Subject: Re: UTF-8 file names?
To: Valeriy E. Ushakov <firstname.lastname@example.org>
From: Bill Studenmund <email@example.com>
Date: 10/01/2004 14:46:40
Content-Type: text/plain; charset=us-ascii
On Thu, Sep 30, 2004 at 09:34:51AM +0000, Valeriy E. Ushakov wrote:
> Thomas Klausner <firstname.lastname@example.org> wrote:
> >> Note that this patch doesn't handle -B and -b options, because I'm
> >> not sure how strvis() should be i18n'ized.
> > Does someone else have comments on this?
> What about
> \xHHHH or for double byte encodings
> \uHHHH or \UHHHHHHHH for unicode (or whatever java and c99 syntax is).
I'm confused as to why we would want both. Is there prior art we're=20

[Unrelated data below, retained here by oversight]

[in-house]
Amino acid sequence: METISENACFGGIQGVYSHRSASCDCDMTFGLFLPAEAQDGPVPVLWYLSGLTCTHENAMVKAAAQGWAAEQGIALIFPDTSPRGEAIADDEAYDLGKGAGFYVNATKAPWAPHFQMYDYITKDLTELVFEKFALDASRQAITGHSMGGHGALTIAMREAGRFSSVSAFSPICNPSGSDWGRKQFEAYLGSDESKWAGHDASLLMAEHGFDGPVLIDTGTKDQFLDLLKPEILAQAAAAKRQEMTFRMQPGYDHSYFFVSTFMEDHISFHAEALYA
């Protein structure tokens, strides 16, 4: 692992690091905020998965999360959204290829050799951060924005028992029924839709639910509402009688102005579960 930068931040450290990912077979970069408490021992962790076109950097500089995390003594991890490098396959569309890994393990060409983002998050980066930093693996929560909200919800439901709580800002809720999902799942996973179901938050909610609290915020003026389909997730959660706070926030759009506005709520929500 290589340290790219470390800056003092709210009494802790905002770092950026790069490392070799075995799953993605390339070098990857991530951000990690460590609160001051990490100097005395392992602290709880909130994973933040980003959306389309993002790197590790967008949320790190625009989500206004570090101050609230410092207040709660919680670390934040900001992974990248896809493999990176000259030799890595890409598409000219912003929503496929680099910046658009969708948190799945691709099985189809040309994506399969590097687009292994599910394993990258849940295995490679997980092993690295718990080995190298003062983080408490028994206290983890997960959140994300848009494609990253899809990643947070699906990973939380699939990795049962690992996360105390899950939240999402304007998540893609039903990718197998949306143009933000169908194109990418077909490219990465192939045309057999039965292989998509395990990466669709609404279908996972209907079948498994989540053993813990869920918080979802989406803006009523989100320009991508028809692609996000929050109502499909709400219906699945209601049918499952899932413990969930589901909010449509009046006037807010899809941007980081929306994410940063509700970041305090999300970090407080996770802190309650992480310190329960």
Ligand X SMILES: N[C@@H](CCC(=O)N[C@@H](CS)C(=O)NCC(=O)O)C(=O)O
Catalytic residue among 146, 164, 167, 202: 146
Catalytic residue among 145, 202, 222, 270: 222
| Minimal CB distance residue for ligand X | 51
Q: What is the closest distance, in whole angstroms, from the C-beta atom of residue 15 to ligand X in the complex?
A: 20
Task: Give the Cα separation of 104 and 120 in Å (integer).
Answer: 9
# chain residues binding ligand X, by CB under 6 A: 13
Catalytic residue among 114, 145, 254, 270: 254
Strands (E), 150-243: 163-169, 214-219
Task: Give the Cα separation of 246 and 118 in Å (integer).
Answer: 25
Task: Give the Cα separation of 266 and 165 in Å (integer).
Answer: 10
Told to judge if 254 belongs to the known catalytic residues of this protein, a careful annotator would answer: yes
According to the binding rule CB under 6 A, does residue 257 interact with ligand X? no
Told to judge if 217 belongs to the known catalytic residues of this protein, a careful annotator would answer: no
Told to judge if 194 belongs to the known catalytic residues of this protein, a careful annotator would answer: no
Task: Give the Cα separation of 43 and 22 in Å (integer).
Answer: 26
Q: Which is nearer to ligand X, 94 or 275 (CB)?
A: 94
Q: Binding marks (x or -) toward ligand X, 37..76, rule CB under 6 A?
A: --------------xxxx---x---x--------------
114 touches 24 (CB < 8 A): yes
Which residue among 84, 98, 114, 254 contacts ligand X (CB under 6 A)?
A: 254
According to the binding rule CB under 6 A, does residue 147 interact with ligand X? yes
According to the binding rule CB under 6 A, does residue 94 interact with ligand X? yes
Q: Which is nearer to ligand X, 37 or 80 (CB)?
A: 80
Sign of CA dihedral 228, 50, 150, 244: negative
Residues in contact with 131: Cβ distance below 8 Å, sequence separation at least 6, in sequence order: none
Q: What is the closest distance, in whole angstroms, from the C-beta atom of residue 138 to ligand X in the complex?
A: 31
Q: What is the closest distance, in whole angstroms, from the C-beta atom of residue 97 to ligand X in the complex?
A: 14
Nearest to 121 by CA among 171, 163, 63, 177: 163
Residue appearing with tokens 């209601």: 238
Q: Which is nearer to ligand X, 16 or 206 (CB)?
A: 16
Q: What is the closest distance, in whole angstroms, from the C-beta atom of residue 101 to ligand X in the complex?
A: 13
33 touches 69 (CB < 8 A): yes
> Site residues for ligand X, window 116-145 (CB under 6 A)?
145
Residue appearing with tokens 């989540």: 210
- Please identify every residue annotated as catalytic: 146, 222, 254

I ask as my initial read on your comments is that one syntax would=20
generate UTF-16 output, and the other would generate UTF-8. However it=20
strikes me that we either are dealing with a routine that works with only=
one or the other (it is passed wchar or char strings explicitly) or we are=
dealing with an output routine that learns what to do based on ENV=20
settings. In either case, there is enough context that I don't see why=20
we'd need both.
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